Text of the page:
RBS scraps bonus plan after UK government intervenesFriday 25 April 2014 16.13
Part-nationalised Royal Bank of Scotland has scrapped plans to seek permission to pay staff bonuses worth double their fixed pay after the UK government said it would oppose the move.
Loss-making RBS said that UK Financial Investments, which manages Britain's 81% stake, told the bank it would vote against the proposal at the lender's annual meeting in June.
"In these circumstances the board expects such a resolution would fail and will therefore not be brought to the AGM," the bank said today.
Britain's finance ministry said it had also made it clear to RBS that it would oppose the plan. RBS owns Ulster Bank here.
"RBS is heading in the right direction, but it has not yet completed its restructuring and remains a majority publicly-owned bank. So an increase to the bonus cap cannot be justified and the government made clear it would not have supported such a proposal," a Treasury spokesman said.
However, the Treasury said it would support a similar proposal from state-backed Lloyds Banking Group. Lloyds has returned to profit and the government has begun selling shares in the bank, leaving it with a 25% stake.
RBS in February posted an £8.2 billion pre-tax loss for 2013 due to restructuring costs and misconduct charges.
Under a new European Union rule, which will apply to awards handed out from early 2015, bankers' bonuses can be no higher than fixed pay, or twice that level with shareholder approval.
RBS said all its major UK and European competitors had indicated that they would seek approval to award bonuses of up to 200% of salaries, which was "emerging as the sector norm" and something its shareholders had understood as the "best commercial solution" for the bank.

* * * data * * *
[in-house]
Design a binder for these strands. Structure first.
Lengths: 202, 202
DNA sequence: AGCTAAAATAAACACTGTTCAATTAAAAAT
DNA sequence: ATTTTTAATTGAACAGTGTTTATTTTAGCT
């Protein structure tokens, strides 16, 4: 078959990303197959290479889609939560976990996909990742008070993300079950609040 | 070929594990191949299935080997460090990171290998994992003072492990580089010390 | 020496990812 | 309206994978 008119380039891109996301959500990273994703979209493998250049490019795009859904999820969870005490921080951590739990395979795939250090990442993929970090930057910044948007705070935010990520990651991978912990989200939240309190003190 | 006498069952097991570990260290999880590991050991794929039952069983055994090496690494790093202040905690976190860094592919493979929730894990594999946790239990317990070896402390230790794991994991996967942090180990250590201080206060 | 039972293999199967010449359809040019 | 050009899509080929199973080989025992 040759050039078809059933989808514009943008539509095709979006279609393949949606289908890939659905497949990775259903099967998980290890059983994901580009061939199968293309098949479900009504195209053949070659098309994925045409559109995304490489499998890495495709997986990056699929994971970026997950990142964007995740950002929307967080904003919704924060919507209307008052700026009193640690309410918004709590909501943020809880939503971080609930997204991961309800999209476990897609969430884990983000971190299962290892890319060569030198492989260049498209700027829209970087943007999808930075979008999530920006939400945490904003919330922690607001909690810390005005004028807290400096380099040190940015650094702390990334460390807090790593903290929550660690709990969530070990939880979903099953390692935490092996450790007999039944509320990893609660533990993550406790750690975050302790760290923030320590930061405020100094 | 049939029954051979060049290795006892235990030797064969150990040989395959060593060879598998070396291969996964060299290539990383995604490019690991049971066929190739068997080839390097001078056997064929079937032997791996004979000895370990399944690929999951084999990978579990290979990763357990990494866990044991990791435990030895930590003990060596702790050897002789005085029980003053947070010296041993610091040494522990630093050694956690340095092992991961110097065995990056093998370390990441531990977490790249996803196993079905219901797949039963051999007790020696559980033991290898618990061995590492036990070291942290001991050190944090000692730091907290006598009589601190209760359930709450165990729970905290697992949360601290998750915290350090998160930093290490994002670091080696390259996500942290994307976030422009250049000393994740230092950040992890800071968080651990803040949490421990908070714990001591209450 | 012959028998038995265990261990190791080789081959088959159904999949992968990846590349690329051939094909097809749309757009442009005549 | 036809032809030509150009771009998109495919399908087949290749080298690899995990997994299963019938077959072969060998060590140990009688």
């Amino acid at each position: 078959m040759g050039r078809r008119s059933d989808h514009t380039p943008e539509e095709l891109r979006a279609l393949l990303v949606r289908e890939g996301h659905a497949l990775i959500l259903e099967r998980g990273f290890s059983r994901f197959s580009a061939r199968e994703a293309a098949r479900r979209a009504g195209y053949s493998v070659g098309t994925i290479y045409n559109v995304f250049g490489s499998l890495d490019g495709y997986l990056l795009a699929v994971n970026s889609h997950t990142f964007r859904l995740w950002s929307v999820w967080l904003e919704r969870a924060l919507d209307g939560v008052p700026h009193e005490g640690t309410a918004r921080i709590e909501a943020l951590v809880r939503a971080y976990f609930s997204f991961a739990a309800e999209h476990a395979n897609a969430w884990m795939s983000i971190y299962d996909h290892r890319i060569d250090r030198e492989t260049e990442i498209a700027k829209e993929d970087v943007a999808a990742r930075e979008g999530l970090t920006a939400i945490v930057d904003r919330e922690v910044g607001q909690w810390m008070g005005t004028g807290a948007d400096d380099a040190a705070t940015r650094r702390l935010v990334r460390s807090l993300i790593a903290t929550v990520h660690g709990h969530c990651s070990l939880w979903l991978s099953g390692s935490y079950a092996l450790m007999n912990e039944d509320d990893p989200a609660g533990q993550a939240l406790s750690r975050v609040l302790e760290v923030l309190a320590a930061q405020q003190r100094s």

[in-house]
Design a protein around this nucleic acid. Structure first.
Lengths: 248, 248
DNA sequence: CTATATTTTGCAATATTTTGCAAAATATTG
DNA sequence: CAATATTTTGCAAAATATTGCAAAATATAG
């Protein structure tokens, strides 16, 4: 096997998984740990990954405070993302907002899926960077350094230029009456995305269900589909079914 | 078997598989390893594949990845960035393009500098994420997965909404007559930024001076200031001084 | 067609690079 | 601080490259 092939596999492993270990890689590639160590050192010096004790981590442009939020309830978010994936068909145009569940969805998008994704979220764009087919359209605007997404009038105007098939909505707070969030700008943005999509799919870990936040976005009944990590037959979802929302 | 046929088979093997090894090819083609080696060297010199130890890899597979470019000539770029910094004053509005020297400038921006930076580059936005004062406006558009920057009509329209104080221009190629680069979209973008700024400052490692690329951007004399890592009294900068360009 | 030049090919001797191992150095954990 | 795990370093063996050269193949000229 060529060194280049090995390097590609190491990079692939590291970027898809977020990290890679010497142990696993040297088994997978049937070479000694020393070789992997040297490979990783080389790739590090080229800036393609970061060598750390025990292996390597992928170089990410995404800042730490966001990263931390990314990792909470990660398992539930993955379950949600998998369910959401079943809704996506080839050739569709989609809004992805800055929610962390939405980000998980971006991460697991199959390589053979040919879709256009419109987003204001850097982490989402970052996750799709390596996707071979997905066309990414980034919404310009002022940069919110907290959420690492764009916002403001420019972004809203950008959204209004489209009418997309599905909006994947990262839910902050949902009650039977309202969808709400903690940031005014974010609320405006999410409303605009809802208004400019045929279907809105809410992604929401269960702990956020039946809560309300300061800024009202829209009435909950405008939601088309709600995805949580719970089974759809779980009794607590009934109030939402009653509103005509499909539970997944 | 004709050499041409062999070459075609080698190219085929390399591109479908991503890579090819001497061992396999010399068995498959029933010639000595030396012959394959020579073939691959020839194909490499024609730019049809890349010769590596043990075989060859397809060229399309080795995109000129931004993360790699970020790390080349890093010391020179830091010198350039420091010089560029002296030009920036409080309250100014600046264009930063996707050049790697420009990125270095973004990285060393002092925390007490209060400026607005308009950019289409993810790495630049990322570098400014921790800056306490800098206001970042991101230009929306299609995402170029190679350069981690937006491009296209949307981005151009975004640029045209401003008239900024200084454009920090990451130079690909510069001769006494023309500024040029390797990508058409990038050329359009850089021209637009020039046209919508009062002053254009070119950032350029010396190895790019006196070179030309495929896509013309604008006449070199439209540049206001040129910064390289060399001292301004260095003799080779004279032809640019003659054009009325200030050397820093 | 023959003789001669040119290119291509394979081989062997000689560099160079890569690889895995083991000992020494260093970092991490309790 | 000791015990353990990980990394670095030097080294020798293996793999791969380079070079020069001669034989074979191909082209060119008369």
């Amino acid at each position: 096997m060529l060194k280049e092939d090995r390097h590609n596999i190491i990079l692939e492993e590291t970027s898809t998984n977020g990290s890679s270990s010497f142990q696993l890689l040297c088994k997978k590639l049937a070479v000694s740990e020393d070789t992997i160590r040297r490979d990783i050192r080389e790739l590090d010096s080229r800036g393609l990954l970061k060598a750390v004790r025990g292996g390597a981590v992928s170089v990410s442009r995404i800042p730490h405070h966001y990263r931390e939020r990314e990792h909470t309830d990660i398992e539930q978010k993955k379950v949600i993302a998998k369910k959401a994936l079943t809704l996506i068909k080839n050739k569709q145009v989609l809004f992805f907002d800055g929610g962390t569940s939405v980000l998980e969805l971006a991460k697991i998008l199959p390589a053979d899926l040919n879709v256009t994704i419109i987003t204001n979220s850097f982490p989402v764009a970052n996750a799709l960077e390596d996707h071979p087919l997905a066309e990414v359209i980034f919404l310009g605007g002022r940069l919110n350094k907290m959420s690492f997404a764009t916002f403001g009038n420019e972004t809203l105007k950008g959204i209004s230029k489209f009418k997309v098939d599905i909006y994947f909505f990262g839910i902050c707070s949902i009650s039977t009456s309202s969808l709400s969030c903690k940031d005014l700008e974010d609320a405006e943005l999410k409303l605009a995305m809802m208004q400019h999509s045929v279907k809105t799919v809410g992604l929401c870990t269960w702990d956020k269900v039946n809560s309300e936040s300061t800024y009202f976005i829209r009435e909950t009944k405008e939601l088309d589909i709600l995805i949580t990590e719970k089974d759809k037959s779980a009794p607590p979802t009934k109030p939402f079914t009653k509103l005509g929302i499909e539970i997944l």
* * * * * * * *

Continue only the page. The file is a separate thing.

But in its annual report, RBS said it had decided not to bring forward such a proposal after UKFI informed the bank of its opposition.
RBS is shrinking its investment bank and selling off its US business Citizens to appease lawmakers who want it to focus on lending to British households and businesses.
The bank said today that the change in strategy had led to an "exodus of talented staff".
RBS said in March it was paying out £576m in staff bonuses for 2013, down 15% on the previous year.
Its annual report showed RBS paid one unnamed person more than £5.5m last year and another two were paid more than £4m. The bank said it paid 75 people £1m or more in 2013.
Chief executive Ross McEwan, who took up the role last October, could be paid £5.4m a year under a new pay plan.